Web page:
Date of Graduation


Document Type


Degree Name

Master of Science in Civil Engineering (MSCE)

Degree Level



Civil Engineering


William M. Hale

Committee Member

Gary Prinz

Second Committee Member

Canh Dang


Applied sciences, Bridges, Concrete, Durability, Temperature effects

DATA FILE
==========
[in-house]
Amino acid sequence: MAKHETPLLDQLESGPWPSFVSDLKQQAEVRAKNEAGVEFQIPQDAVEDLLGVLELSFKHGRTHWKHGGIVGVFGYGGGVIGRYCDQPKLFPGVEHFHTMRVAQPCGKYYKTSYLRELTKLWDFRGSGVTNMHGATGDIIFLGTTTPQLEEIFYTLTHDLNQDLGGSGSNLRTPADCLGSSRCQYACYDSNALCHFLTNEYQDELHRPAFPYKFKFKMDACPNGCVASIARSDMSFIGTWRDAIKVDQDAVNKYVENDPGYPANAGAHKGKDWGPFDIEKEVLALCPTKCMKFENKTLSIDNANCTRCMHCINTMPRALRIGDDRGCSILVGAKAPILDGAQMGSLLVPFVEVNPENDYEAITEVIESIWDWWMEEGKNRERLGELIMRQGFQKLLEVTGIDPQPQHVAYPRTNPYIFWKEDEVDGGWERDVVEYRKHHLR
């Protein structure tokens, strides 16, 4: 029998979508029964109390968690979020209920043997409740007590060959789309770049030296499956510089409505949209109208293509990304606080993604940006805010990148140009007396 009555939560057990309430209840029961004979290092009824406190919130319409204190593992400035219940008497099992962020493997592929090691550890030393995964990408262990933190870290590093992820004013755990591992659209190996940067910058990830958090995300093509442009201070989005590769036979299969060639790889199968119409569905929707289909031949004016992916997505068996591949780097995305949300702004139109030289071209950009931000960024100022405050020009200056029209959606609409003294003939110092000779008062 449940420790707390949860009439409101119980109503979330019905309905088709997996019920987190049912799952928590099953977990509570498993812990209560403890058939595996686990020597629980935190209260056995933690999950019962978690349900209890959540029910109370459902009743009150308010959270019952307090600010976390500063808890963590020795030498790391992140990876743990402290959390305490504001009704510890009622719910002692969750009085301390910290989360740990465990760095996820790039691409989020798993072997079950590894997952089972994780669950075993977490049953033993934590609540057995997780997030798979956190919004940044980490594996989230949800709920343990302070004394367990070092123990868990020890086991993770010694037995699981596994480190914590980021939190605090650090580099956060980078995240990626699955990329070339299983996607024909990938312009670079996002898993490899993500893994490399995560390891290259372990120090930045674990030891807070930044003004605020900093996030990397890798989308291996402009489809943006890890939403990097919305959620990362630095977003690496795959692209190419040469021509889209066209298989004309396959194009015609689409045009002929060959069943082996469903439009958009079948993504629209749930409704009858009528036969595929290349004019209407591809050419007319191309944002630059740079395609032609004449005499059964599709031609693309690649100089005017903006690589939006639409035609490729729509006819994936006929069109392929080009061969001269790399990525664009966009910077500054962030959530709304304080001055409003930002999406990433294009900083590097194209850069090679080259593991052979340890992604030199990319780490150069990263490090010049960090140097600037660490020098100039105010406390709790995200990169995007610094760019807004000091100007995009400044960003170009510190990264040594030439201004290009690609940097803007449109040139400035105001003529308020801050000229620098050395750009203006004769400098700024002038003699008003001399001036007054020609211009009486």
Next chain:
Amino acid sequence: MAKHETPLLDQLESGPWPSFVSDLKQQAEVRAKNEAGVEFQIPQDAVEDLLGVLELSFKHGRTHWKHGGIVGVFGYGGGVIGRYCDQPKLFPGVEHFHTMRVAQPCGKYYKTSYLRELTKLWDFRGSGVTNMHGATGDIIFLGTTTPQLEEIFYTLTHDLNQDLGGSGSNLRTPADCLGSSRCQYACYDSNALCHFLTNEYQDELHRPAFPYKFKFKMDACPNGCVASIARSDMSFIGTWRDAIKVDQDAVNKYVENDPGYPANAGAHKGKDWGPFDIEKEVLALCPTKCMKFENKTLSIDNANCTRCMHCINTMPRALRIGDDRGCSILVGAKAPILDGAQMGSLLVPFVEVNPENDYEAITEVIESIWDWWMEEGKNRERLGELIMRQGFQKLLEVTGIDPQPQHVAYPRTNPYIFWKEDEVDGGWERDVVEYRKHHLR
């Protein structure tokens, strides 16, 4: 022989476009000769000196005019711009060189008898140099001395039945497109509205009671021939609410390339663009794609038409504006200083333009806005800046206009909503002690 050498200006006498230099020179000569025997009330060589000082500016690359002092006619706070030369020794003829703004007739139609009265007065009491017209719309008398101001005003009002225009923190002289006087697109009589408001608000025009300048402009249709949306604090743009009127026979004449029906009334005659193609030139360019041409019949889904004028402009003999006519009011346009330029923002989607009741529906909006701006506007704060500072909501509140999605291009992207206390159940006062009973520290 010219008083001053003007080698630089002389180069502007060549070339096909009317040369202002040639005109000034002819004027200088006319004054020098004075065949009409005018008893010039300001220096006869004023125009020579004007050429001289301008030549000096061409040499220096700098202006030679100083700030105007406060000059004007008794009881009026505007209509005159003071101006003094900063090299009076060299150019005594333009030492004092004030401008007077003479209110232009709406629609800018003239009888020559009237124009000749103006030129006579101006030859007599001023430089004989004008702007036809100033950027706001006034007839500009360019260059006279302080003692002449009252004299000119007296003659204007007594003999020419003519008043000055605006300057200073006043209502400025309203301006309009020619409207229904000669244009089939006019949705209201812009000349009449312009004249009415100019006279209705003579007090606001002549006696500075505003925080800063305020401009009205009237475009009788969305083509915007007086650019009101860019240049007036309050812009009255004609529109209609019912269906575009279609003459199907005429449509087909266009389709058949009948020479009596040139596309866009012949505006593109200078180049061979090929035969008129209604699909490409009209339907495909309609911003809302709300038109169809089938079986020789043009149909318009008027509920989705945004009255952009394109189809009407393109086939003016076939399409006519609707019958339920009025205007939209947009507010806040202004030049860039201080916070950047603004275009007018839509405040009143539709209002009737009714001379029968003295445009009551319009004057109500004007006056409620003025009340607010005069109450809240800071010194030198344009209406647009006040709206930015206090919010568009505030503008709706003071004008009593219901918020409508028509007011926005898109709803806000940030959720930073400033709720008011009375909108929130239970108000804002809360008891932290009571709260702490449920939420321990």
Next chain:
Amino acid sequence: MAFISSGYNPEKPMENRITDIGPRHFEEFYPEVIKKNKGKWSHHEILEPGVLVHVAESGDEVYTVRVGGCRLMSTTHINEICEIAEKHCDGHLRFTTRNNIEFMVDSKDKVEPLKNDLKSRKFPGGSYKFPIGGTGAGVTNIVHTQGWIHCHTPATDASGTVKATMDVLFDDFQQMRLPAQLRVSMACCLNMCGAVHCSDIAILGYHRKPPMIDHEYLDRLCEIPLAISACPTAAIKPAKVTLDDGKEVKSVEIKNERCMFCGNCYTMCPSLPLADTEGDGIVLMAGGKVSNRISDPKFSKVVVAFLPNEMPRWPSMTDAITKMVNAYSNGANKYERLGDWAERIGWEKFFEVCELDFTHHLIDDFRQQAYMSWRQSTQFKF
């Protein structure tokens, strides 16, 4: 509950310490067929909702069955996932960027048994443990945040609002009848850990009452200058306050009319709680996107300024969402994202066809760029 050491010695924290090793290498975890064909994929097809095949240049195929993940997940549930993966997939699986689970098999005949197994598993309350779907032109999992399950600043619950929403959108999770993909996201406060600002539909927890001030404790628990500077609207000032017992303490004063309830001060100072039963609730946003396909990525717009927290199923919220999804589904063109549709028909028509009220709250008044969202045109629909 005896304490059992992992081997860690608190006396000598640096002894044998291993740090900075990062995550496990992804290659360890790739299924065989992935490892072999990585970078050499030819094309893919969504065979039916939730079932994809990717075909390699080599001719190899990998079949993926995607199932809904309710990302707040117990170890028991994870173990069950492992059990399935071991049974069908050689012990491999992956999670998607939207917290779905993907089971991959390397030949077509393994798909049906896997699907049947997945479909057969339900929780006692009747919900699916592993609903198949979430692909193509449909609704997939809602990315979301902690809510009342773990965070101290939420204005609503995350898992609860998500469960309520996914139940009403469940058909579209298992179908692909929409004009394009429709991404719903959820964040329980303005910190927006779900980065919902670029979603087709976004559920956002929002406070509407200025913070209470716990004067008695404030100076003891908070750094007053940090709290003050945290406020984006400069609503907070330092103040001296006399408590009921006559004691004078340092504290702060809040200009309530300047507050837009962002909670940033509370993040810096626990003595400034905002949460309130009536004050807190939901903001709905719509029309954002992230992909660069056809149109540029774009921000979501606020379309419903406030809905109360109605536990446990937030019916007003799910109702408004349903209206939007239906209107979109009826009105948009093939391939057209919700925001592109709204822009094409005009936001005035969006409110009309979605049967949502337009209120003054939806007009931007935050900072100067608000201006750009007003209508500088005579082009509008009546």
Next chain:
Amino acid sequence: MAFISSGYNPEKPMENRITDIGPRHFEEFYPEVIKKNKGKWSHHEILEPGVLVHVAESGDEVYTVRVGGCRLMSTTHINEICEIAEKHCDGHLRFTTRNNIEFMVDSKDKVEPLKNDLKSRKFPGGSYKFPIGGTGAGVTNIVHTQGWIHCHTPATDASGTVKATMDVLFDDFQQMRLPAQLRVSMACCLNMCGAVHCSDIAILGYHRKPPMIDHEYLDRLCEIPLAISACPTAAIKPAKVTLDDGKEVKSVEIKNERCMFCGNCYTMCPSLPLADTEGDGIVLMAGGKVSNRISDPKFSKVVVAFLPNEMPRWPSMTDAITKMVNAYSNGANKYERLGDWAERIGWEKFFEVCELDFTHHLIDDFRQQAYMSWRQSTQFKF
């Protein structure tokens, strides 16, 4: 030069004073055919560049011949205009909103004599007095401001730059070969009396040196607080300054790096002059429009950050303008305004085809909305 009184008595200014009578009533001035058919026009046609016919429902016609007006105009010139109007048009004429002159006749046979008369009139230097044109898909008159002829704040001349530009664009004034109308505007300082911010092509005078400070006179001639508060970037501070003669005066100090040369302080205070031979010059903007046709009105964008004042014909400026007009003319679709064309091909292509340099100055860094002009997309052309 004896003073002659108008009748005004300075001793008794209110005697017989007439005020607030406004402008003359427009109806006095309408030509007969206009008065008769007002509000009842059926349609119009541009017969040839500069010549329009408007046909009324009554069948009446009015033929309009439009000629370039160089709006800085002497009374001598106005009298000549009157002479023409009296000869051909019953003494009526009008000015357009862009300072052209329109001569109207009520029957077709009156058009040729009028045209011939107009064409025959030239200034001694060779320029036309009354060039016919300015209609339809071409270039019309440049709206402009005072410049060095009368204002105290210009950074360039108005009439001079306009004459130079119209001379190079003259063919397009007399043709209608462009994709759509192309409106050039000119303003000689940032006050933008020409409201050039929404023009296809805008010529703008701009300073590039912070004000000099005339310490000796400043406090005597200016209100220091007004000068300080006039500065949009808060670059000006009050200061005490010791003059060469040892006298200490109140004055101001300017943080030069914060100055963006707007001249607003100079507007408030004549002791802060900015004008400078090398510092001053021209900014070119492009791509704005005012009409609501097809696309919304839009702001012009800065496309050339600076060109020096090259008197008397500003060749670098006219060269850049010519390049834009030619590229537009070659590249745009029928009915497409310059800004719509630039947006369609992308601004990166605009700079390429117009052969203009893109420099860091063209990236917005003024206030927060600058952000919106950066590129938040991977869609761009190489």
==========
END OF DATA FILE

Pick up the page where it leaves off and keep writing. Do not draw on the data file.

Climate change and its effect on weather in the United States is a well-documented phenomenon. In particular, extreme heat waves have become more intense, more frequent, and longer lasting, especially in the southern United States. As with much of America’s transportation infrastructure, prestressed concrete bridge girders experience the effects of these heat waves. Uneven heating of optimized bridge girder sections results in large non-linear temperature gradients. In this study, temperature was monitored in three different AASHTO I-girders to determine the vertical and transverse temperature gradients in a pre-deck placement condition. It was determined that the current design standard, which uses a non-linear vertical thermal gradient, was inaccurate in both shape and magnitude for girders Type IV and smaller in this condition. Transverse gradients were also recommended as none are included in design standards. Using three dimensional modeling, this study also sought to understand the response of the girders to non-linear temperature gradients and if they should be accounted for in girder design.